First -801 growth version of T800 turboshaft began bench runs in March 1994; -801 preliminary design review completed May 1993; critical design review March 1995; prototypes originally fitted with less powerful T800-LHT-800 engines, but first flight with definitive -801 engine made on 1 June 2001 by first prototype. Same engine subsequently installed on second prototype in time for resumption of flight test duty in May 2002.




The first combat helicopter designed from outset to have "stealth" features and target acquisition radar. Embodies low-observable (LO) attributes and stated to have radar cross-section (RCS) lower than that of Hellfire missile; frontal RCS reportedly 360 times smaller than AH-64, 250 times smaller than OH-58D and 32 times smaller than OH-58D with mast-mounted sight. Also has quarter of AH-64D’s IR emissions and is six times quieter, head-on. Maximum avionics commonality required with USAF Lockheed Martin F/A-22 Raptor programme.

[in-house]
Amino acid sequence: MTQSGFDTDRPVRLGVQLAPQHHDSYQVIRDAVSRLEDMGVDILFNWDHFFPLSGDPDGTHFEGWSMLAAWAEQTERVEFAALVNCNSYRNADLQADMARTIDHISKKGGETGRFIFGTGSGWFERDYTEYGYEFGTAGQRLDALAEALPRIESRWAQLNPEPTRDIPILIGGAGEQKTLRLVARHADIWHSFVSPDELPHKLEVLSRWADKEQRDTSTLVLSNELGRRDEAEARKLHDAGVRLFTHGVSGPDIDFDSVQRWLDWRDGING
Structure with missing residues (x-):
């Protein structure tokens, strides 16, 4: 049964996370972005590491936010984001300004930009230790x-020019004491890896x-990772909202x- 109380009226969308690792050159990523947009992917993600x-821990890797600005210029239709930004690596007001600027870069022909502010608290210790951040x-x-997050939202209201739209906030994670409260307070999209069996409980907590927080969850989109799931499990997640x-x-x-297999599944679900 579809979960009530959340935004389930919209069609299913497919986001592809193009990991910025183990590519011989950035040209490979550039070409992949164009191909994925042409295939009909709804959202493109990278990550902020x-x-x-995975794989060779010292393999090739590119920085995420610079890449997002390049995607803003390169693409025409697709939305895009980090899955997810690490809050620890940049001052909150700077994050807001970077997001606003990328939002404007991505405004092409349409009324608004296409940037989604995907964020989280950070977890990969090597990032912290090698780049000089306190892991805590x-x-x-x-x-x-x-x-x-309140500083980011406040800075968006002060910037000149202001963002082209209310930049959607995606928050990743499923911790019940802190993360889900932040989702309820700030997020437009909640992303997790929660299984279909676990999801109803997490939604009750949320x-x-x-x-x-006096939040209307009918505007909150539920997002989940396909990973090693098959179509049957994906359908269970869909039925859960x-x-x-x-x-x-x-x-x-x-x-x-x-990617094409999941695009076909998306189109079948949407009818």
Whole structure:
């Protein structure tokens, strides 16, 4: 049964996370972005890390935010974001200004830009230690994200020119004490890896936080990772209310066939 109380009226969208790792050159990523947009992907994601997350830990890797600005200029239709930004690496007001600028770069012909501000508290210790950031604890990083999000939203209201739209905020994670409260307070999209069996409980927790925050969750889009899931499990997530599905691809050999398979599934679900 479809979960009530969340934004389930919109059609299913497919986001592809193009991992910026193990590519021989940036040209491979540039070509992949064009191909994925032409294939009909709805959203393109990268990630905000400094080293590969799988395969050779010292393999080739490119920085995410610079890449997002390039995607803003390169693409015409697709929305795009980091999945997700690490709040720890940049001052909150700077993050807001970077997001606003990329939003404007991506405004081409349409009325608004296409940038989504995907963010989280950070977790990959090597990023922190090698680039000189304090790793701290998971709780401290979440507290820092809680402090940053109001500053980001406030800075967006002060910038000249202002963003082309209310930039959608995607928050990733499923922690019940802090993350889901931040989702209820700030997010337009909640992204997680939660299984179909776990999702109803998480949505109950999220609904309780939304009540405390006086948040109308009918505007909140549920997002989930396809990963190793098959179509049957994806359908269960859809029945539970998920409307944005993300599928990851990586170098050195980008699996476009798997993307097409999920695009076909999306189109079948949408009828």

RAH-66 specified empty weight of 3,402kg increased to 3,522kg by early 1992, as result of Army add-ons, including allowance for Longbow radar; mission equipment package has maximum commonality with F/A-22 Raptor technology. Design has faceted appearance for radar reflection; downward-angled engine exhausts; T tail with endplates; eight-blade fan-in-fin shrouded tail rotor; and five-blade all-composites bearingless main rntor system, with latter increased in diameter by 0.3m and gaining noise-reducing anhedral tips on forthcoming EMD aircraft. New rotor incorporating anhedral tips flown for first time on first prototype on 20 July 2001. RAH-66 also features internal weapon stowage.
Split torque transmission, obviating need for planetary gearing. Upper part of T tail folds down for air transportation. Detachable stub-wings for additional weapon carriage and/or auxiliary fuel tanks (EFAMS: external fuel and armament management system). Radar, infra-red, acoustic and visual signature requirements set to defeat threats postulated by US Army. Eight deploy able inside Lockheed C-5 Galaxy or four in Boeing C-17 Globemaster III with only removal of main rotor; ready for flight 20 minutes after transport lands. Combat turnround time 13 minutes.
Flight controls wree dual triplex fly-by-wire, with sidestick cyclic pitch controllers and normal collective levers. Main rotor blades removable without disconnecting control system.